I live with my collection... Pushing the door of the manor house close to Montgomery Square in Brussels, where she had lived with her husband Leon, our friend Jos Knaepen welcomed us, surrounded by works of international artists. In the stair-well the large drawings of her English friends Nigel Hall and David Nash invited us already from the outset to think about the personal link between the works and an avid collector. For, to discover, to approach, to appreciate and then to purchase paintings, drawings, engravings and sculptures was indeed the lifelong passion of this exceptional woman. Since her youth she developed a taste for beauty and aesthetics that she first encountered as a teenager by contemplating the stained glass windows of a chapel. However, born into a family of school teachers, her home environment did not influence her first choices, but certainly encouraged her curiosity to discover first the masterpieces of the Old Masters and then the creations of her contemporaries. After her studies of history and history of art she found a wonderful job with an editor. This position led her to visit the big museums at night, in order to compare the colour proofing for art books with the original works. Ever since, she did not stop traveling on a journey of discovery of museums and cultural places in Europe and America. As an art critic she wrote about the art scene and the galleries for many years for The Bulletin, an international European magazine in Brussels. What fascinated her above all was the great art revolution that occurred in the beginning of the last century. She became passionate about the research carried out by the artists who led the way to abstract art. Her library, very rich in theoretical volumes, monographs, exhibition catalogues and catalogues raisonnes, enriched her thorough readings, enabling her to understand the roots of this abstract art. Constantly on the move, curious to visit the exhibitions of both modern and old themes, she would not miss the big contemporary art fairs, either. There, she could freely hunt for works which would speak to her and which would develop a complementary aesthetic approach which was missing in her collection. Her contact with the gallery owners was legendary. She was welcomed with deference everywhere, whereas in fact she would only mostly purchase works on paper, against the big collectors who would chase the latest trends. But her intuition, her fair gaze, her reflected appreciation and her modesty encouraged even the art dealers to set aside works of art for her that she would discover with delight in the stockrooms behind the official gallery walls. It would sometimes happen that she was challenged several times by the same work, on various occasions, before deciding that the piece had chosen her rather than the opposite. That was the beautiful story in 2006 of the encounter with Motherwell, Image 4 n#12.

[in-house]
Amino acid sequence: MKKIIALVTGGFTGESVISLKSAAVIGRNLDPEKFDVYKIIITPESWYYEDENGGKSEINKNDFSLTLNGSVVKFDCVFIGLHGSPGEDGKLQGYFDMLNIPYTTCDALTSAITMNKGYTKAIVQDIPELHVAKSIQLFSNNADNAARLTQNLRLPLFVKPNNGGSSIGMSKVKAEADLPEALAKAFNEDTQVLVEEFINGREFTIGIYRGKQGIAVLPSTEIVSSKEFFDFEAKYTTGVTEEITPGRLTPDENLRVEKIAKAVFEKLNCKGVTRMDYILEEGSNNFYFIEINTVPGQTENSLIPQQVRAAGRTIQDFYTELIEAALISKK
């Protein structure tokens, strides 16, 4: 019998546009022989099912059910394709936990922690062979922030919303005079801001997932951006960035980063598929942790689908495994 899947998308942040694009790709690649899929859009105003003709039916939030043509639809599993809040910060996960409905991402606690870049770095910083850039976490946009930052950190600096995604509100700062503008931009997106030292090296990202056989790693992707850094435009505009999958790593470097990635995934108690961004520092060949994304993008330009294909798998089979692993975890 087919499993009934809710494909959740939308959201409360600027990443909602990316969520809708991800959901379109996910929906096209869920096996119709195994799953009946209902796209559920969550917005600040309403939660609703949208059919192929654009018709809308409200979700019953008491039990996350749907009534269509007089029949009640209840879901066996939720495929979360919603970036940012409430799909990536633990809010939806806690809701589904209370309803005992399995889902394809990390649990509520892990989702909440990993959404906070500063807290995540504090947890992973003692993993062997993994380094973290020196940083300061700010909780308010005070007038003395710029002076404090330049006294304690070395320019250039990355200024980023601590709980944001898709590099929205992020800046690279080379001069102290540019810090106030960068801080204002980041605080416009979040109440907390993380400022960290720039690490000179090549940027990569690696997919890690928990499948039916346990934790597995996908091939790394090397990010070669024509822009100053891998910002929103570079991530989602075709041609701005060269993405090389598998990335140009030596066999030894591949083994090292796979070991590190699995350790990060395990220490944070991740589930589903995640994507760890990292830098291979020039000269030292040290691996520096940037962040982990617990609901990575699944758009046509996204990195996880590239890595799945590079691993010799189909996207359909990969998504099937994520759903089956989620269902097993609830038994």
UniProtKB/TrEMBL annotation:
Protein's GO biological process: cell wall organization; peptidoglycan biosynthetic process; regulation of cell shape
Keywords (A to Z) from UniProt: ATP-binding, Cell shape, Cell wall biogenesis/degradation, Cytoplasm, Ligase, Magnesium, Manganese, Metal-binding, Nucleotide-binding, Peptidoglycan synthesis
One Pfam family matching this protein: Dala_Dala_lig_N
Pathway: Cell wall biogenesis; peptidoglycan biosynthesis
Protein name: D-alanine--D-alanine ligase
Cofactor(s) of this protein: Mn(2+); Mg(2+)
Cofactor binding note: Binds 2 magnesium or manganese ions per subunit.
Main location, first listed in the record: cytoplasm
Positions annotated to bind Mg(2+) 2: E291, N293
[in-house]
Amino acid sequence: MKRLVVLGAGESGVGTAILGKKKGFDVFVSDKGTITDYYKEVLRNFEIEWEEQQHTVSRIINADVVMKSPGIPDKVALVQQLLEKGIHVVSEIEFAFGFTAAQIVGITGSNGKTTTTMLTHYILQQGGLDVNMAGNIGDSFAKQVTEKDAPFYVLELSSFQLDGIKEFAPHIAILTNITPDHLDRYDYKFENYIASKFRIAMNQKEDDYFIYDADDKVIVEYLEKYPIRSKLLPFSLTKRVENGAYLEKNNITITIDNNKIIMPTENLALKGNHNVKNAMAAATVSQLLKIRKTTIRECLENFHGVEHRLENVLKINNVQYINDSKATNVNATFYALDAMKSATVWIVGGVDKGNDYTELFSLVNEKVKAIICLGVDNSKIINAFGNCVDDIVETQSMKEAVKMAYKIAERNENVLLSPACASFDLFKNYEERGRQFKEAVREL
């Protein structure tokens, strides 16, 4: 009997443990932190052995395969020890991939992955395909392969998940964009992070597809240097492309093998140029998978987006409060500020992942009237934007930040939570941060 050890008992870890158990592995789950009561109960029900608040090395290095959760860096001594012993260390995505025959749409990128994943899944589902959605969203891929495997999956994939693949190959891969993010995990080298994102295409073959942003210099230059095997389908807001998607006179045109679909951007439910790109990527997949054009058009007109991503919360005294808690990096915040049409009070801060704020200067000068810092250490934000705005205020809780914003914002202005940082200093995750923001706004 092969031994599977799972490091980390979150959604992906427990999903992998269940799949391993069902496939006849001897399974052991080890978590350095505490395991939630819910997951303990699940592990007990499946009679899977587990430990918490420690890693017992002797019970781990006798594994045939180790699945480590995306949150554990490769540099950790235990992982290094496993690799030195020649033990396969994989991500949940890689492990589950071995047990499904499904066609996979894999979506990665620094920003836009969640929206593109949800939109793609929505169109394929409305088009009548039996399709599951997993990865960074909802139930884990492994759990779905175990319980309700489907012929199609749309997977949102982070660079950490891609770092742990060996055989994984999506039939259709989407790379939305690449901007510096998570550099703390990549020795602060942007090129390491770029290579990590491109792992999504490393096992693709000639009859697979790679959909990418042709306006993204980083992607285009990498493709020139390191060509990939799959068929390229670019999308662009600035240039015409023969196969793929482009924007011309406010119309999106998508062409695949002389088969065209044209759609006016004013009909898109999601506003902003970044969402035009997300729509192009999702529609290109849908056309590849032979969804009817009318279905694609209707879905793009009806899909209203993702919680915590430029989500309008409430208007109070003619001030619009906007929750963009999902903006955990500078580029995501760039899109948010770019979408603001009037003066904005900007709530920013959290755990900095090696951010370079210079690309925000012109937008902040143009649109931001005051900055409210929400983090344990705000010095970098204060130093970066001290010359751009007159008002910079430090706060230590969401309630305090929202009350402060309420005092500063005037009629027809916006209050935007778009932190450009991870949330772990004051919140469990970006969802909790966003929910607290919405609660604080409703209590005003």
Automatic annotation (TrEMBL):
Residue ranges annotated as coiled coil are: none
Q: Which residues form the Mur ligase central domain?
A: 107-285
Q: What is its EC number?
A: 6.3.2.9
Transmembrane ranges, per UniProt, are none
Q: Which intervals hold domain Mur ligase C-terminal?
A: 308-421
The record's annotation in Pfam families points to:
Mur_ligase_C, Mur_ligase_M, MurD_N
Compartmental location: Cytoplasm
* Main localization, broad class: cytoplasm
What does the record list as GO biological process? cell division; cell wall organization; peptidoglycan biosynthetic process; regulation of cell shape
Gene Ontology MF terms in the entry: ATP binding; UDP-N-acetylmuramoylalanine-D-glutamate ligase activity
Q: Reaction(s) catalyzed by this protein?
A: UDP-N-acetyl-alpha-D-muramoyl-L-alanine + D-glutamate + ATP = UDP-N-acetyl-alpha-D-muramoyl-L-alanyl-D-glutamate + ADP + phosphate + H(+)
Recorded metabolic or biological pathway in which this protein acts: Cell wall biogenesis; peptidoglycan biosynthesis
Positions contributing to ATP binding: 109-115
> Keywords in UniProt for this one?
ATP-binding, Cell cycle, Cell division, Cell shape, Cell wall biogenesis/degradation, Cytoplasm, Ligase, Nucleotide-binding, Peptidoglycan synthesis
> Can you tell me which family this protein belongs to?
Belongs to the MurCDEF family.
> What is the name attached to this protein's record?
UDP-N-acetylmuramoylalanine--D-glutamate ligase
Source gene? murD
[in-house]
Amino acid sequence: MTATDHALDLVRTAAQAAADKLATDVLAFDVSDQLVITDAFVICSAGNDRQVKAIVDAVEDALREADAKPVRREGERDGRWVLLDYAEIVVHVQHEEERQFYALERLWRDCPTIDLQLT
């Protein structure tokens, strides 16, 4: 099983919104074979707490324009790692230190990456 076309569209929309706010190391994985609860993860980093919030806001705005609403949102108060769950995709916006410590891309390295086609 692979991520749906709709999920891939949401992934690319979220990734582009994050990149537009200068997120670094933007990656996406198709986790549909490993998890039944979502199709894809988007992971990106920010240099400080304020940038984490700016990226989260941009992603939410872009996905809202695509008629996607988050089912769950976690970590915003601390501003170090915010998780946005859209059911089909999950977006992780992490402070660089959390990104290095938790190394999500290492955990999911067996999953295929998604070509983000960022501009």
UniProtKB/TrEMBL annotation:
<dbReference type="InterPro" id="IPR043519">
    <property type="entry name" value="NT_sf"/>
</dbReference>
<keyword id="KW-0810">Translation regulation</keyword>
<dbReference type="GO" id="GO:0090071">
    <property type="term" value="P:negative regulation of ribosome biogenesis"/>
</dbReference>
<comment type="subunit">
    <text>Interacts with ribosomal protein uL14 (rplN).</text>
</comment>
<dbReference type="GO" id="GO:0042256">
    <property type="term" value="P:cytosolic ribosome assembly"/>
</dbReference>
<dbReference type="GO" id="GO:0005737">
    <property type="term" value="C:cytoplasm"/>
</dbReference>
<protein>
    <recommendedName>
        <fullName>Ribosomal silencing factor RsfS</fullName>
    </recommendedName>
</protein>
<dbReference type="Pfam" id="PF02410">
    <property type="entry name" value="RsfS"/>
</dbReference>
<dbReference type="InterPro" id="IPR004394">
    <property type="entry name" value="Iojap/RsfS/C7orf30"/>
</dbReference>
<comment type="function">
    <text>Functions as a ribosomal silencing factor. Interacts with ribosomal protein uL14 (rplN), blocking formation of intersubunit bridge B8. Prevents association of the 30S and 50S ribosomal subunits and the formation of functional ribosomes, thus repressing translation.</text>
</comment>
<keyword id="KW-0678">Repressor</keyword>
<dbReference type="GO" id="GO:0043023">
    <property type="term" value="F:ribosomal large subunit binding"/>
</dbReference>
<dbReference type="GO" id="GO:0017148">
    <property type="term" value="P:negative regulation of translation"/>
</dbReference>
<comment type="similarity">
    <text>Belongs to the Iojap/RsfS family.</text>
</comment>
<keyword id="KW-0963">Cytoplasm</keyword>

Initiating her collection with the purchase of a stencil by Joan Miro at the Parisian gallery Maeght, in 1960, she couldn’t resist to purchase a lithograph by Braque, still in Paris, a few years later, having learned the very same day about the artist’s death. Journalist at heart, one could say, she also enabled interesting encounters. Not only in the art world but also in the international political current affairs. Having completed her studies at the Collège d’Europe de Bruges, she obtained a position at the European Community in Brussels, which ensured her a certain financial security. Her interests were thus very broad and her ability to communicate was boundless. Each trip, each visit to a gallery, each exhibition opening, was an opportunity for new encounters, for establishing bonds with artists and dealers. The latter were not always present at street level … but discreetly offered works of reputation and quality. She later admitted having acquired her first Sam Francis of 1959 after merely seeing it on a Polaroid of poor quality. But the price, representing four months of wages, did not frighten her and that was the beginning of a small collection – unprecedented in Belgium - of more than 9 works of this American artist. From the same Berkeley dealer, she got a large lithograph of Ellsworth Kelly and her first Ben Nicholson. Often the purchase of a first piece sharpened her interest for the work of an artist and thereafter, when the opportunity arose, she loved to make two or several works interact. Both in Belgium and in England, where she very often went for family reasons, she enjoyed to visit the artists. A very close friend of hers in Brussels was the painter and philosopher Jo Delahaut. Together, they lengthily devised the world, the art, the philosophy and the sensitivity of the geometry of the colours. At the opening of one of his exhibitions in Brussels, she met Alan Green and a beautiful friendship was born from the purchase of several paintings and works on paper. After the artist’s death she continued to support his wife and to support his work, which developed a rather special grammar of picturality. At the gallery S65 in Aalst and then at the Parc Solvay in Brussels she discovered the sculptures, but especially the large drawings of David Nash. At the time of her last stay in London, in 2013, she visited Nash’s exhibition at Kew Gardens and could not resist to acquire a new drawing, subtly coloured, inspired by his work in nature. The artist Edwina Leapman was known to her by their family ties but she mostly appreciated the freedom of mind of the painter, who put all her life in her paintings with vibrant linear structures. The work in ink of Henri Michaux had always challenged her, mainly by his sense of movement and the spontaneity of the fast execution. It was only many years after she first encountered his works that she could finally acquire one of high quality. In general, abstraction is the thread going through her collection*, as she liked to underline. The sobriety of the works, the purity of the graphic materials, the quiet power of their presence characterized the whole set that she had put together and amongst which she enjoyed living. She also appreciated the monumental character of the drawings – even when the format was modest – drawings which often were the achievements of sculptors like Chillida, Hall, Nash, Nicholson, Soto, Shiraishi.